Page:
• Taking medicines. You may be prescribed medicine to help with blood sugar levels. Or to treat nausea and vomiting. Or to act on muscles in the digestive system. Your healthcare provider may prescribe a few medicines to see which ones work best.

  • Stopping some medicines. Your provider may tell you to stop taking any medicines that slow digestion.

  • Changing your diet. Making changes to your eating habits can help control the problem. (See Changing your diet, below.)

  • Gastric neurotransmitter. This device may help control nausea and vomiting. It's put into your body by surgery. It helps stimulate the stomach muscles.

  • Feeding by IV(parenteral nutrition). This is for severe cases when a person can't take food by mouth. Instead, nutrients are put right into your veins. A tube is put into one of your chest veins during a surgery. A bag with liquid nutrients or medicine is joined to the tube several times daily.

  • Surgery. In very severe cases, you may need surgery called a jejunostomy. A feeding tube is put through your belly into your small intestine. This tube lets nutrients go right into your small intestine instead of your stomach.

Changing your diet

These changes may help reduce the problem:

  • Eat 6 smaller meals a day instead of 3 large meals.

  • Have a few liquid meals a day instead of solid food. You may need to do this until your blood sugar levels are stable.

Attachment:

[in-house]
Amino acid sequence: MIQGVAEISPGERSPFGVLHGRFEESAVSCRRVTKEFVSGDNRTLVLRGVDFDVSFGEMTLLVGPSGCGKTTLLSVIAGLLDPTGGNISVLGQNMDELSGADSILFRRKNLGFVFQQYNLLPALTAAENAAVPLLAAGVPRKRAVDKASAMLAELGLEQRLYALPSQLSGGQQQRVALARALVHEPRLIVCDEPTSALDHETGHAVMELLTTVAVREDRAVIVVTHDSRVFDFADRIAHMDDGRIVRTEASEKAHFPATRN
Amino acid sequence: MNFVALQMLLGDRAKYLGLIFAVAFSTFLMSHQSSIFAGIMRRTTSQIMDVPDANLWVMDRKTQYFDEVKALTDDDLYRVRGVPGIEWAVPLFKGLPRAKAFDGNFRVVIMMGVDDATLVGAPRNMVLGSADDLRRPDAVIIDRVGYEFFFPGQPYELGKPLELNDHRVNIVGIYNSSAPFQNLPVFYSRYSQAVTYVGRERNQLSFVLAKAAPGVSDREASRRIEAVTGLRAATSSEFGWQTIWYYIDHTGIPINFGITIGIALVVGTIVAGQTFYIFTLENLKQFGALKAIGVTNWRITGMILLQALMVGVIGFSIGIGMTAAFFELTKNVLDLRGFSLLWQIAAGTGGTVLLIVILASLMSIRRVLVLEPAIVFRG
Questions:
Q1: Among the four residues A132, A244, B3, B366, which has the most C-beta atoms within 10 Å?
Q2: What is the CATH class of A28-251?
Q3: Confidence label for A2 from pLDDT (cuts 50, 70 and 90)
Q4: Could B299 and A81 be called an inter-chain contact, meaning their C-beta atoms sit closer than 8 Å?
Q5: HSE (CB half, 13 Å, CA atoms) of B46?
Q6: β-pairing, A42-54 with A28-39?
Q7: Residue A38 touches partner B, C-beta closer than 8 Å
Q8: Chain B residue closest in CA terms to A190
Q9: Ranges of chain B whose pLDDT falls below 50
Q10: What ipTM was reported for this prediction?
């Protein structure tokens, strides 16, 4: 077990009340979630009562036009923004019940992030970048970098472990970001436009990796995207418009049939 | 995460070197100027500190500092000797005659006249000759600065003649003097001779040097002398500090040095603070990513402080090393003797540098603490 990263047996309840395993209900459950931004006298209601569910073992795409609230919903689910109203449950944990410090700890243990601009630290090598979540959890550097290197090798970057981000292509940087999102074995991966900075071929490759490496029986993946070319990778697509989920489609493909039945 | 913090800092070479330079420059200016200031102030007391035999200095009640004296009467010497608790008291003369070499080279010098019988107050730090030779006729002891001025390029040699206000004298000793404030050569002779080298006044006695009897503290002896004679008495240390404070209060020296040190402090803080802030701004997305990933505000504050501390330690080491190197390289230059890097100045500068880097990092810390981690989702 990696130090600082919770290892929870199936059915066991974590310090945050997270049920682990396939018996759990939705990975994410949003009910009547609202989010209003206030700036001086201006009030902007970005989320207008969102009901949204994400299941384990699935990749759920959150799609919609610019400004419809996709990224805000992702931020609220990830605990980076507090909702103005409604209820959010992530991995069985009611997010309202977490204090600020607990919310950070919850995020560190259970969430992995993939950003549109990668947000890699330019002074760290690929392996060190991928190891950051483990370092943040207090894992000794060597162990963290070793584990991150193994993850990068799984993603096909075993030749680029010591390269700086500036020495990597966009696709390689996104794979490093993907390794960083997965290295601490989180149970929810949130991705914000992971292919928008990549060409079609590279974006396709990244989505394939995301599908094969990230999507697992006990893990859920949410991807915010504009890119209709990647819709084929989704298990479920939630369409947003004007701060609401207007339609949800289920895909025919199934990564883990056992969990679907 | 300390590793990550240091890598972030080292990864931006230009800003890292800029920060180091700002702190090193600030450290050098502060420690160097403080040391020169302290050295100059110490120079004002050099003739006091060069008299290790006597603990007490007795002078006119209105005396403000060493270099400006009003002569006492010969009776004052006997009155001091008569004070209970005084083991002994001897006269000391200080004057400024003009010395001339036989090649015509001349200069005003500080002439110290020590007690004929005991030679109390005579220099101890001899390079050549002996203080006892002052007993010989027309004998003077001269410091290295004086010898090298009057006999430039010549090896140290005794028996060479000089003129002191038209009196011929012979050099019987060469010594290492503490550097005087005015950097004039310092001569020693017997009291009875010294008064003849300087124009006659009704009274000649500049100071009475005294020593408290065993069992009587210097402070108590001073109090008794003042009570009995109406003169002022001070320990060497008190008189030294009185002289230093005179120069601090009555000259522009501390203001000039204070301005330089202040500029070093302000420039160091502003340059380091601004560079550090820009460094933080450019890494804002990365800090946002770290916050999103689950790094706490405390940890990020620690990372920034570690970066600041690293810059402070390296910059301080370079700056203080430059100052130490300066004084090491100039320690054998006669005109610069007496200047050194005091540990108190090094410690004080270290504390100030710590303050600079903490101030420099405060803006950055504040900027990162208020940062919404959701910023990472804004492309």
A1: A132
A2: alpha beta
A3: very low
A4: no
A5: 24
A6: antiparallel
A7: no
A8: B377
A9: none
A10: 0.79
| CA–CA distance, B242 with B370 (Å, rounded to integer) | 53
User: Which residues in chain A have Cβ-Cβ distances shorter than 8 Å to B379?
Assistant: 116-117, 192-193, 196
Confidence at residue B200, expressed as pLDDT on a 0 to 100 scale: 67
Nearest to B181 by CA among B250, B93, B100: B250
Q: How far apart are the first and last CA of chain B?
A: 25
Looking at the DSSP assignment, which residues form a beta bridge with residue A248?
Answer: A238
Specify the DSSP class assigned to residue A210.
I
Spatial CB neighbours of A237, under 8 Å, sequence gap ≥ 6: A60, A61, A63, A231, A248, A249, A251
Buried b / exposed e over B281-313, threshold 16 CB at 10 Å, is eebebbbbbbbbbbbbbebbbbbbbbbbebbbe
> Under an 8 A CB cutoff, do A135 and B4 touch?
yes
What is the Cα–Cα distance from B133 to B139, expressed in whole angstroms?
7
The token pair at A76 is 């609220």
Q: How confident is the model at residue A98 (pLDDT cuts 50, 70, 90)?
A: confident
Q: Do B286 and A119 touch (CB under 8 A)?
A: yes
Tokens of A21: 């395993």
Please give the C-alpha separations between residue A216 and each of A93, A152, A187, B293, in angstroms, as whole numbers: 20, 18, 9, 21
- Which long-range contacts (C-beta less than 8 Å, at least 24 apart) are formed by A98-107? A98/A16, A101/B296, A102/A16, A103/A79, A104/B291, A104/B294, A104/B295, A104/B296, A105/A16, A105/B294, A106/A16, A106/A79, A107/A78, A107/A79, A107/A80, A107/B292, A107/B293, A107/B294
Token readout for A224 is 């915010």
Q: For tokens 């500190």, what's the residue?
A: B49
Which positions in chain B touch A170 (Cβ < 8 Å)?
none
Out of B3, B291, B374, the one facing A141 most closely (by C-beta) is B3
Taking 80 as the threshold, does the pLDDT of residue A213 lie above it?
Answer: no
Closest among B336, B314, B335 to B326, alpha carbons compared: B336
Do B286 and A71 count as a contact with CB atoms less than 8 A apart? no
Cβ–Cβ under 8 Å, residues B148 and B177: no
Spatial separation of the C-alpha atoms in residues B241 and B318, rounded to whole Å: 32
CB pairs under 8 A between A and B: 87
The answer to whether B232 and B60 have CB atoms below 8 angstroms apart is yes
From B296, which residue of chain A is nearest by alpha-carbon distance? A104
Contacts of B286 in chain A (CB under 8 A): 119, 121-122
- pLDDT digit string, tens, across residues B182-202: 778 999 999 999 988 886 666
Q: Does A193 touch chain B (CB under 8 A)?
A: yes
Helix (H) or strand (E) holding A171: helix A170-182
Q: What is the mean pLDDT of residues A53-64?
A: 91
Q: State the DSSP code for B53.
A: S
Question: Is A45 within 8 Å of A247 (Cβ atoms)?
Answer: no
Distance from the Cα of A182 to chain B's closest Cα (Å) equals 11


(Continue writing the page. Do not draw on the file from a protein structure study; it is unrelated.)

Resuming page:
• Don’t eat foods high in fat. This includes fried food, fatty meats, and high-fat dairy foods. These can slow your digestion.

  • Don’t eat foods high in insoluble fiber. This includes beans and many fruits and vegetables. These can be hard to digest. 

Talk with your healthcare provider or a dietitian about an eating plan that is best for you.

Possible complications of diabetic gastroparesis

Food that stays in the stomach for too long can cause problems. Food can ferment in the stomach. This can cause bacteria to grow. Undigested food can harden into a lump called a bezoar. This can cause nausea and vomiting. In some cases, it may block food from passing from the stomach to the small intestine. Gastroparesis can make it hard to manage blood sugar levels. It can also cause problems with vitamins and minerals being absorbed into the body. And it can make it hard to keep a healthy weight.

Living with diabetic gastroparesis

For many people, gastroparesis is a lifelong condition. With diabetes, the main goal is to control your blood sugar levels. Follow up with your healthcare provider as advised. You may need regular visits to manage your health.

When to call your healthcare provider

Call your healthcare provider if you have any of the following:

  • Severe belly pain

  • Can't keep down food or liquids

  • Weight loss

  • Unable to control your blood sugars (either too high or too low)

  • Other symptoms as advised by your healthcare provider

Online Medical Reviewer: Raymond Kent Turley BSN MSN RN
Online Medical Reviewer: Robert Hurd MD
Online Medical Reviewer: Ronald Karlin MD
Date Last Reviewed: 12/1/2019
© 2000-2020 The StayWell Company, LLC. All rights reserved. This information is not intended as a substitute for professional medical care. Always follow your healthcare professional's instructions.